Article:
Is Bigger Really Better?


The Publicis-Omnicom merger is the talk of ad land right now. Agencies big and small are discussing the ramifications of the merger of the two giants. Some ad mavens say this majorly changes the advertising game and others say that it’s all smoke and mirrors. Questions about agency size are rampant: Is bigger really better? What does the merger mean for smaller agencies? Are smaller agencies doomed to fail?

On one side we have the argument that a larger network enables agencies to provide high quality services; on the other side, we have the argument that smaller shops are more nimble, innovative, and flat out produce better results. Wieden of Wieden+Kennedy fame even went on record recently  to assert that small is beautiful.

It’s really difficult to objectively say which argument prevails. I can, however, objectively measure the creative results of agencies through publications like Communication Arts. I decided to do just that using the 2012 list of winners. The results? 66 percent  of awards were from agencies that were part of a large network. 34 percent were from smaller agencies that were not part of a large network and that had under 200 employees.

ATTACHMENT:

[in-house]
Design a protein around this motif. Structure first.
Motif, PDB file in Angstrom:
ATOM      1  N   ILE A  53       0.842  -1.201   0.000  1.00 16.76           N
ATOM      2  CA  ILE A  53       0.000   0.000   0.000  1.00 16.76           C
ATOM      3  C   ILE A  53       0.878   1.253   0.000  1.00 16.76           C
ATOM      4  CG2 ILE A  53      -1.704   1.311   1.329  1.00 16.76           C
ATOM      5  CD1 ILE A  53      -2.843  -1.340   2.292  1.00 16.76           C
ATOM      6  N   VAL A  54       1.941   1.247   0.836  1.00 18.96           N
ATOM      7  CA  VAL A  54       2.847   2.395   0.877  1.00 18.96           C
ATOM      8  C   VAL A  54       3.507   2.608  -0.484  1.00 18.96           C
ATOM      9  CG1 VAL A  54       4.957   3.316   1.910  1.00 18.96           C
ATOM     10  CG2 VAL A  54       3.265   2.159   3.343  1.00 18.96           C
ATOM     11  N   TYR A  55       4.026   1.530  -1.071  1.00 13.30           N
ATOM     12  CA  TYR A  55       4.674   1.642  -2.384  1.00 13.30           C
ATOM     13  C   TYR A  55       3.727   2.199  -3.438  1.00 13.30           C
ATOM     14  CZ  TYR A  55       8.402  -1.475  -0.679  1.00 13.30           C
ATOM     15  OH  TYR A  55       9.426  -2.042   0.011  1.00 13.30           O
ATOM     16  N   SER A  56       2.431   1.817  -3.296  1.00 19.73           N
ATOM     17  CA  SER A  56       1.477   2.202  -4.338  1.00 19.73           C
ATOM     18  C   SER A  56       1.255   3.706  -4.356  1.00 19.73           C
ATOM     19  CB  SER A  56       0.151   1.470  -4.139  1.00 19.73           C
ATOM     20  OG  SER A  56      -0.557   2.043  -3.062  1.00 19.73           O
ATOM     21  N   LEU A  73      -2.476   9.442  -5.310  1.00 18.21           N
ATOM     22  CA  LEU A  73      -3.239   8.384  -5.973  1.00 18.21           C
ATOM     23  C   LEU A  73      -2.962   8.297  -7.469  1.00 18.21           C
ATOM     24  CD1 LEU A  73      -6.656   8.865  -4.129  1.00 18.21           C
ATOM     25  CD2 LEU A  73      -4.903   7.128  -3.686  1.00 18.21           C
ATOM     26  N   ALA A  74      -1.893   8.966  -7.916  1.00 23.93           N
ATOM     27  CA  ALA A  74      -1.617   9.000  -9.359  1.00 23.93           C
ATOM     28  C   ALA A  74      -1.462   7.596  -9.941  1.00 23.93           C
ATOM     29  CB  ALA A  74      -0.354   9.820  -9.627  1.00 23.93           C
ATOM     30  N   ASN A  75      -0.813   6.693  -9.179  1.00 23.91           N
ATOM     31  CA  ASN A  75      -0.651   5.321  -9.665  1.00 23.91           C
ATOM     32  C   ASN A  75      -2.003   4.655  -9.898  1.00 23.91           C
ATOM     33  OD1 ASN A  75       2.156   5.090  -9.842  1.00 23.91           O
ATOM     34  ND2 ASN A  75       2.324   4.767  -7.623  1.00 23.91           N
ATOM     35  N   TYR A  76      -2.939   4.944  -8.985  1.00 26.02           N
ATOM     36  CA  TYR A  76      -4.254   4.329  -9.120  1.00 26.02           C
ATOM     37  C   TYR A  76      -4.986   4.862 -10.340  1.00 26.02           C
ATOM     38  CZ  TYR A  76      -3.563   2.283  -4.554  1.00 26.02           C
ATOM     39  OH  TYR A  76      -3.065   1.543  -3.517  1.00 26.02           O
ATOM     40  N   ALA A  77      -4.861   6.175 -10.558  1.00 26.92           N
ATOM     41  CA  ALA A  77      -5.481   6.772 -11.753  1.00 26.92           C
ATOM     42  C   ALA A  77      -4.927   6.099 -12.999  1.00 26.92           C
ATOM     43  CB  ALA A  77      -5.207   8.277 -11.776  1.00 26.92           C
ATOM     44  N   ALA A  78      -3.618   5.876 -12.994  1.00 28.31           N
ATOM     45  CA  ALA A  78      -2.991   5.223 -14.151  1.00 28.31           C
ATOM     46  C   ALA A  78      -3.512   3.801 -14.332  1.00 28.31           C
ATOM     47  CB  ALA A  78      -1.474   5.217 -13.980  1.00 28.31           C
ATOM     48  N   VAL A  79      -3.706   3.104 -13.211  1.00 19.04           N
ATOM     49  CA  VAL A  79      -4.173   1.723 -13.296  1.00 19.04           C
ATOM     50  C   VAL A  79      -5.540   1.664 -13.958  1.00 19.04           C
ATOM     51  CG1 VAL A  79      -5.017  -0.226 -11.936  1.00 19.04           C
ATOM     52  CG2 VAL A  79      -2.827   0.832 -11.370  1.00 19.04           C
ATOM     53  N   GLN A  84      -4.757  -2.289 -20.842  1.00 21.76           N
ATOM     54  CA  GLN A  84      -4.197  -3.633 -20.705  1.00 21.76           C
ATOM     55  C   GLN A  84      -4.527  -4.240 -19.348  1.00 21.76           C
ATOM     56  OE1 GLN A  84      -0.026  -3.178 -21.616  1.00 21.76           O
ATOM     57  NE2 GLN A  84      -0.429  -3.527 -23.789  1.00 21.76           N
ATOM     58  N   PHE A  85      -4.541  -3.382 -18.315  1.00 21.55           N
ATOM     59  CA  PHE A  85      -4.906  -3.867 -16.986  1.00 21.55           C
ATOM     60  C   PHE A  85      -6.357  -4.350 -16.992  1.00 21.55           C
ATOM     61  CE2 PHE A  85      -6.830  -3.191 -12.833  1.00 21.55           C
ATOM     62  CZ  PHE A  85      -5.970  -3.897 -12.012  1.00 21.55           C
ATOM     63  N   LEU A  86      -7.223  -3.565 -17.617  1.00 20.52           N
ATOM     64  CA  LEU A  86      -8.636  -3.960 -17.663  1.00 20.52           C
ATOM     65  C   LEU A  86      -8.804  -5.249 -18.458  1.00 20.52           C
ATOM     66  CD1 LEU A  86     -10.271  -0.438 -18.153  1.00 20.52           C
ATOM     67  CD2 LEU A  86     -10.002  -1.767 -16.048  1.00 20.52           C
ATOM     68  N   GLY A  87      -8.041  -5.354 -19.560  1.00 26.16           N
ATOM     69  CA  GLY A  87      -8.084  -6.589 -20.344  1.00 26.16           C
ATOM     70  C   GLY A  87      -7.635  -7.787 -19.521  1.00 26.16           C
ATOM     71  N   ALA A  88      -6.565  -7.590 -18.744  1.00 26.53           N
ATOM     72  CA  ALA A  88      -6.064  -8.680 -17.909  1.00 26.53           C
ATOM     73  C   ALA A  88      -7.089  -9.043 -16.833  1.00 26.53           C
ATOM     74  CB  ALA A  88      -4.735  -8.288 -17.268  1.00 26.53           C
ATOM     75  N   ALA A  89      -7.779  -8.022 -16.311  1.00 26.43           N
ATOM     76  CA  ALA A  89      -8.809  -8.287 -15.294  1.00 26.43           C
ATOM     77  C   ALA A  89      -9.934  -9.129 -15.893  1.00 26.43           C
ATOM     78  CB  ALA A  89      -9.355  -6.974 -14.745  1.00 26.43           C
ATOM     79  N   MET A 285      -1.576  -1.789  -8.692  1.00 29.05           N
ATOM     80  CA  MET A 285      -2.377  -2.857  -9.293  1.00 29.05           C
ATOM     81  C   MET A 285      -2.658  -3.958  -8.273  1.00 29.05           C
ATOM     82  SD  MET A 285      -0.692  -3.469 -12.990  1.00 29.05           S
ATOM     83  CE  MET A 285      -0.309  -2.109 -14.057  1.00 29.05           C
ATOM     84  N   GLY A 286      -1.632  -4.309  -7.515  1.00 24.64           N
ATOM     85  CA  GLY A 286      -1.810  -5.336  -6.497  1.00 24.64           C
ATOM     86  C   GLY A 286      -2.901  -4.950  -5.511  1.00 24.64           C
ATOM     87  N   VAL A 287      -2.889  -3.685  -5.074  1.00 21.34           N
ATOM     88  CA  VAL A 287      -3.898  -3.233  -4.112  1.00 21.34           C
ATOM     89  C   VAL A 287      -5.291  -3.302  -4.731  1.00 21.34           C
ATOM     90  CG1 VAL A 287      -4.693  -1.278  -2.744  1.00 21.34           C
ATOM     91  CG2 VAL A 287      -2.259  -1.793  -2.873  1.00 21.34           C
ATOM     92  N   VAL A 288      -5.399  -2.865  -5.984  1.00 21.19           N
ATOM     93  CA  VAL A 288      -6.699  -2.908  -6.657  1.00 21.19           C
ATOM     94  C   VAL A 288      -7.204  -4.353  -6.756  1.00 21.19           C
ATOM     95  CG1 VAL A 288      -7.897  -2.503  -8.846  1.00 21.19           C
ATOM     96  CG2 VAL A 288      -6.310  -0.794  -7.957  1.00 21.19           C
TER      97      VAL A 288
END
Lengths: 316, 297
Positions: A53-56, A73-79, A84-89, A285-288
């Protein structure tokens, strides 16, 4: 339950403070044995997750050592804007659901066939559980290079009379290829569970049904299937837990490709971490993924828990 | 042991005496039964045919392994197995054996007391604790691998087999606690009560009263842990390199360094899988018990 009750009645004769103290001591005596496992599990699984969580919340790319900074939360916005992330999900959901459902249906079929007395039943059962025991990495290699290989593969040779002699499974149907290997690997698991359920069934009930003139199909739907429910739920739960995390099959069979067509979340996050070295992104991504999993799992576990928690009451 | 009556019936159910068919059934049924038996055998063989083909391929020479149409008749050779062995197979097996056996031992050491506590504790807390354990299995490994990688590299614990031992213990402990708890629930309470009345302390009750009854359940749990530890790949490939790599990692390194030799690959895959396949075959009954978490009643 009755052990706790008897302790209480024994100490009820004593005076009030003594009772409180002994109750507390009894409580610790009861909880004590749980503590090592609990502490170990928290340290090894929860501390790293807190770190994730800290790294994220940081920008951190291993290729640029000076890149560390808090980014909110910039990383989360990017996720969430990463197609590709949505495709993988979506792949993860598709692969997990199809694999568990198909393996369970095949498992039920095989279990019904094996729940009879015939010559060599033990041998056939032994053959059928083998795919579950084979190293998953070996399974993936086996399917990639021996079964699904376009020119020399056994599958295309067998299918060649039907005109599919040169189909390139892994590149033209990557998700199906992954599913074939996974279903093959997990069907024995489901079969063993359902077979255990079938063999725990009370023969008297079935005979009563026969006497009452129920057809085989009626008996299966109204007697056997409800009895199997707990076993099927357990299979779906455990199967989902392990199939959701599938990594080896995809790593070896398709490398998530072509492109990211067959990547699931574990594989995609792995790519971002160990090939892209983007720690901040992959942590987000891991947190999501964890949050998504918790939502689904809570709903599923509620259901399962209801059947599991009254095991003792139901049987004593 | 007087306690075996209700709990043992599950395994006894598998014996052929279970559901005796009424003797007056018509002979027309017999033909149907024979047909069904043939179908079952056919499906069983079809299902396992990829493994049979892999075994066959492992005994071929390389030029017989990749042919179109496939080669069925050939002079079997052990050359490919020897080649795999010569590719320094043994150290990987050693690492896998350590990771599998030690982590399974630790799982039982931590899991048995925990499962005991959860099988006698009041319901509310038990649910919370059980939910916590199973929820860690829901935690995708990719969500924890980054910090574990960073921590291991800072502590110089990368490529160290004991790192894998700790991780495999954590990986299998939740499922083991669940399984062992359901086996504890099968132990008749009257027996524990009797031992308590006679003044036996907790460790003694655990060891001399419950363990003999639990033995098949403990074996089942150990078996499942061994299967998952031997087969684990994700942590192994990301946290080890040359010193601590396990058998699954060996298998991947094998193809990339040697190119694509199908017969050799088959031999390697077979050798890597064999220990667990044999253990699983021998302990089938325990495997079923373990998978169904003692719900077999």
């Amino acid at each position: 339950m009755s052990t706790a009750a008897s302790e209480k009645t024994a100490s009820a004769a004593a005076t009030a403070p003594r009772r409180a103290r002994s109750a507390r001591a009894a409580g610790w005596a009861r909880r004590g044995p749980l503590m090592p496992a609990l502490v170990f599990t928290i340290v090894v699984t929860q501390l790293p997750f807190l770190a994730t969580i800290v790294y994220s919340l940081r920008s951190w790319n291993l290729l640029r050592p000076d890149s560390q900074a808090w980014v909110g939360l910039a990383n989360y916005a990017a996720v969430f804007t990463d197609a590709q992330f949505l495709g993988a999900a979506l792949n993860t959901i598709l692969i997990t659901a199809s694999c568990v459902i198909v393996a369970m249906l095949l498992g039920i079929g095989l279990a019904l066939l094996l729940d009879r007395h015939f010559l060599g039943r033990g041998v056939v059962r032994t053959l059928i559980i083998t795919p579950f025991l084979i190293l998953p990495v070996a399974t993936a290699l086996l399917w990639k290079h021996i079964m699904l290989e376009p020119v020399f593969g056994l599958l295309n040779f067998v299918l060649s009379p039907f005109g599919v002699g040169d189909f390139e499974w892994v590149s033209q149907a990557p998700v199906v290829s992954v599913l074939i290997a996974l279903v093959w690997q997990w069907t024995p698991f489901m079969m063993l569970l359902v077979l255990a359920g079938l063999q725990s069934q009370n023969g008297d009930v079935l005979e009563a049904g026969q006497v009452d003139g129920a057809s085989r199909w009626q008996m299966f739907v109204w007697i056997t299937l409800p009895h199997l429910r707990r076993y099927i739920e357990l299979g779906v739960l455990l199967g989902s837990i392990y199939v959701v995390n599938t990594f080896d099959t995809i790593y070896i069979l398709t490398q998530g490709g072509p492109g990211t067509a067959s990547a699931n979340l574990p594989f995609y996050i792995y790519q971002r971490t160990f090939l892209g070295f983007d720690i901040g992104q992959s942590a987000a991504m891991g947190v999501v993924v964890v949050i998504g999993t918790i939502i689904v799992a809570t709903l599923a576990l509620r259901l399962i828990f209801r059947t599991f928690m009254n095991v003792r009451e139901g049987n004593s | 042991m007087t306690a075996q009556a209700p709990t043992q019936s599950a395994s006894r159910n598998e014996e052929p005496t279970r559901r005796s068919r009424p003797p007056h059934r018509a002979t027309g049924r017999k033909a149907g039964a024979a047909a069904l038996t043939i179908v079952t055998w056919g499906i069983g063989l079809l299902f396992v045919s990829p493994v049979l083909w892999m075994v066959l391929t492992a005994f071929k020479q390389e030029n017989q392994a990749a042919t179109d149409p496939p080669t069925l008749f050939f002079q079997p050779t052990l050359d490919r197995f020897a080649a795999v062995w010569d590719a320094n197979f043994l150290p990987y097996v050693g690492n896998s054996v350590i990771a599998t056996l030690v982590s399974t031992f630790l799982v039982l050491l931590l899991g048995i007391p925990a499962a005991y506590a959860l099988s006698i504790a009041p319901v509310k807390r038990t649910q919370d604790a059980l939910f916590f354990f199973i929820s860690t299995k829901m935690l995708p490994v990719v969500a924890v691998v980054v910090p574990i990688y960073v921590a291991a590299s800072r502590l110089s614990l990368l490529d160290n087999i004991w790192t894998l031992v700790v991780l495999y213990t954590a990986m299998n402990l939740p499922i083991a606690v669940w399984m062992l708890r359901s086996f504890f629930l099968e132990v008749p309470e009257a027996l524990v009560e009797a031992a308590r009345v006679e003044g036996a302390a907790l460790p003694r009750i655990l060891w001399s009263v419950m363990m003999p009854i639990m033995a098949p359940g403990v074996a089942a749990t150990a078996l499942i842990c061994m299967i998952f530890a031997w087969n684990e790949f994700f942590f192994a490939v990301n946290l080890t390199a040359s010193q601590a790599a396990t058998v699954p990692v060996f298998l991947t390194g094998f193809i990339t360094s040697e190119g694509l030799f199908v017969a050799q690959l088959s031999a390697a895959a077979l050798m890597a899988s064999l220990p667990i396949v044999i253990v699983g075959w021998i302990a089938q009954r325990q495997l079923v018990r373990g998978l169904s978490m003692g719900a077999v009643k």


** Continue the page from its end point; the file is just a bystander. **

Now, this makes it seem like large networks have ‘won,’ but we also have to take into account certain discrepancies.  Firstly, large networks bring in billions of dollars of revenue. Surely, larger agencies are producing more work, therefore giving them more of a chance to receive awards. Secondly, we also have to account for all the offices within a network that operate like creative boutiques or idea incubators (I.E. Google Creative Lab).

When you decide to include smaller agencies that are part of a larger network, the results are absolutely stunning. More than half of all awards in Communication Arts end up coming from small agencies.  That’s not even taking into account agencies like Wieden+Kennedy, a large agency that tries to think like a smaller agency. Proving that, at least when it comes to creative, it doesn’t hurt to ‘Think small.’